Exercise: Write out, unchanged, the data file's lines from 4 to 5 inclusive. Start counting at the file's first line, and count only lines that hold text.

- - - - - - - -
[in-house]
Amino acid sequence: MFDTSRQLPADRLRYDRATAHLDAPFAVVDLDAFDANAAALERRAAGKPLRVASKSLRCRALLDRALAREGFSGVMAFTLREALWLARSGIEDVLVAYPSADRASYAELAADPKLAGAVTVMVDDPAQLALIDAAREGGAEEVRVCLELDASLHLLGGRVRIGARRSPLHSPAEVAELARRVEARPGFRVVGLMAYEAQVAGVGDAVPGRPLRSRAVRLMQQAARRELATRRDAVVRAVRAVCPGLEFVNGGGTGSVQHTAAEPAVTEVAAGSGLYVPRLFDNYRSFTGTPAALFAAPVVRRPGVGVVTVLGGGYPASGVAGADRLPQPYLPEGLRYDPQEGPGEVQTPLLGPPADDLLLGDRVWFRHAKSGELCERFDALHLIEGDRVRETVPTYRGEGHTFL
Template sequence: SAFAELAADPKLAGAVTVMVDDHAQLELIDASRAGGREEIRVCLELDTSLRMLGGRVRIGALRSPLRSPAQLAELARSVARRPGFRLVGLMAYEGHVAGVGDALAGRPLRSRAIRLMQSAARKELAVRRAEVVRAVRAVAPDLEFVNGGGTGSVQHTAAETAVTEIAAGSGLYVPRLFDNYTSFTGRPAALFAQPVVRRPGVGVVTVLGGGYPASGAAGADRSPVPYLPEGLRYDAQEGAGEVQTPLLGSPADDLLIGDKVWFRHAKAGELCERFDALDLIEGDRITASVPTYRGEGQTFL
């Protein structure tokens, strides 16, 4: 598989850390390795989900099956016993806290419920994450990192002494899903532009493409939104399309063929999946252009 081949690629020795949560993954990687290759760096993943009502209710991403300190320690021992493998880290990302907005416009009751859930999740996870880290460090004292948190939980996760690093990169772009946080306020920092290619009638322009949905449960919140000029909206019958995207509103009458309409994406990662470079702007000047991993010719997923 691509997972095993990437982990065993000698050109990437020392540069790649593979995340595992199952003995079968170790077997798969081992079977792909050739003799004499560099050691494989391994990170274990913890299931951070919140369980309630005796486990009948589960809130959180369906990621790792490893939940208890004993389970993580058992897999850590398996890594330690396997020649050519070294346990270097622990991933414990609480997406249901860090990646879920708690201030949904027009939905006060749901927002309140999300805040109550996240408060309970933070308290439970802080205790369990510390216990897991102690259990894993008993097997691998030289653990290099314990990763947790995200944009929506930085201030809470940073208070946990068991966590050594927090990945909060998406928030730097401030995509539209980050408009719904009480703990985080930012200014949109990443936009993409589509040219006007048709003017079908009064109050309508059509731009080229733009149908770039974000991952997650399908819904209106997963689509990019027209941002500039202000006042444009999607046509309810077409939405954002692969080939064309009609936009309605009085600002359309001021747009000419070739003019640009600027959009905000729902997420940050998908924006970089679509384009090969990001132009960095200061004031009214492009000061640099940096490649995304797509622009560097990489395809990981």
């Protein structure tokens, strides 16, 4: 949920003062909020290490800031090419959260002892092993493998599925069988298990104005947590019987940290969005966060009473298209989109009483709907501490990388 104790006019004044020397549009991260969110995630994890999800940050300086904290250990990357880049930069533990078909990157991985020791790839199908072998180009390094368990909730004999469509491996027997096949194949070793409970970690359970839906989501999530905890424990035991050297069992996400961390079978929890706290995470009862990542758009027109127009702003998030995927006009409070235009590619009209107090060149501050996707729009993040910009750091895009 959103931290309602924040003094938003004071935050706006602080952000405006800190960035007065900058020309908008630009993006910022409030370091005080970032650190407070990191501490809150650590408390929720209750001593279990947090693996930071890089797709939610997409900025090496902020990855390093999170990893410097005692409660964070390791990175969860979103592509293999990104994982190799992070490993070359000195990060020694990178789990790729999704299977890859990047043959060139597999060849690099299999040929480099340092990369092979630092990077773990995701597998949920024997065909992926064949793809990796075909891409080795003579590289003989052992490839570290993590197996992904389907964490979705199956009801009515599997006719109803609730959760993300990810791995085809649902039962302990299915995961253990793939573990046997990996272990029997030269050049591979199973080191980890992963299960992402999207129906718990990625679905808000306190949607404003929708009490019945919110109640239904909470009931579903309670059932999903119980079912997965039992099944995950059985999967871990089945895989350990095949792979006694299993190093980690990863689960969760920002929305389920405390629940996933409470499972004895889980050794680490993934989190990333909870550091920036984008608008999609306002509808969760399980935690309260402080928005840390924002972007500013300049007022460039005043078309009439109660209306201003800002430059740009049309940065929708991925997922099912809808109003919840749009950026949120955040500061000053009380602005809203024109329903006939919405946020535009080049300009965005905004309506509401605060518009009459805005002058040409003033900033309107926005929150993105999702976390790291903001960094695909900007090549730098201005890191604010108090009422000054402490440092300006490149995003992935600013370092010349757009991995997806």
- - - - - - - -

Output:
């Protein structure tokens, strides 16, 4: 598989850390390795989900099956016993806290419920994450990192002494899903532009493409939104399309063929999946252009 081949690629020795949560993954990687290759760096993943009502209710991403300190320690021992493998880290990302907005416009009751859930999740996870880290460090004292948190939980996760690093990169772009946080306020920092290619009638322009949905449960919140000029909206019958995207509103009458309409994406990662470079702007000047991993010719997923 691509997972095993990437982990065993000698050109990437020392540069790649593979995340595992199952003995079968170790077997798969081992079977792909050739003799004499560099050691494989391994990170274990913890299931951070919140369980309630005796486990009948589960809130959180369906990621790792490893939940208890004993389970993580058992897999850590398996890594330690396997020649050519070294346990270097622990991933414990609480997406249901860090990646879920708690201030949904027009939905006060749901927002309140999300805040109550996240408060309970933070308290439970802080205790369990510390216990897991102690259990894993008993097997691998030289653990290099314990990763947790995200944009929506930085201030809470940073208070946990068991966590050594927090990945909060998406928030730097401030995509539209980050408009719904009480703990985080930012200014949109990443936009993409589509040219006007048709003017079908009064109050309508059509731009080229733009149908770039974000991952997650399908819904209106997963689509990019027209941002500039202000006042444009999607046509309810077409939405954002692969080939064309009609936009309605009085600002359309001021747009000419070739003019640009600027959009905000729902997420940050998908924006970089679509384009090969990001132009960095200061004031009214492009000061640099940096490649995304797509622009560097990489395809990981």
């Protein structure tokens, strides 16, 4: 949920003062909020290490800031090419959260002892092993493998599925069988298990104005947590019987940290969005966060009473298209989109009483709907501490990388 104790006019004044020397549009991260969110995630994890999800940050300086904290250990990357880049930069533990078909990157991985020791790839199908072998180009390094368990909730004999469509491996027997096949194949070793409970970690359970839906989501999530905890424990035991050297069992996400961390079978929890706290995470009862990542758009027109127009702003998030995927006009409070235009590619009209107090060149501050996707729009993040910009750091895009 959103931290309602924040003094938003004071935050706006602080952000405006800190960035007065900058020309908008630009993006910022409030370091005080970032650190407070990191501490809150650590408390929720209750001593279990947090693996930071890089797709939610997409900025090496902020990855390093999170990893410097005692409660964070390791990175969860979103592509293999990104994982190799992070490993070359000195990060020694990178789990790729999704299977890859990047043959060139597999060849690099299999040929480099340092990369092979630092990077773990995701597998949920024997065909992926064949793809990796075909891409080795003579590289003989052992490839570290993590197996992904389907964490979705199956009801009515599997006719109803609730959760993300990810791995085809649902039962302990299915995961253990793939573990046997990996272990029997030269050049591979199973080191980890992963299960992402999207129906718990990625679905808000306190949607404003929708009490019945919110109640239904909470009931579903309670059932999903119980079912997965039992099944995950059985999967871990089945895989350990095949792979006694299993190093980690990863689960969760920002929305389920405390629940996933409470499972004895889980050794680490993934989190990333909870550091920036984008608008999609306002509808969760399980935690309260402080928005840390924002972007500013300049007022460039005043078309009439109660209306201003800002430059740009049309940065929708991925997922099912809808109003919840749009950026949120955040500061000053009380602005809203024109329903006939919405946020535009080049300009965005905004309506509401605060518009009459805005002058040409003033900033309107926005929150993105999702976390790291903001960094695909900007090549730098201005890191604010108090009422000054402490440092300006490149995003992935600013370092010349757009991995997806």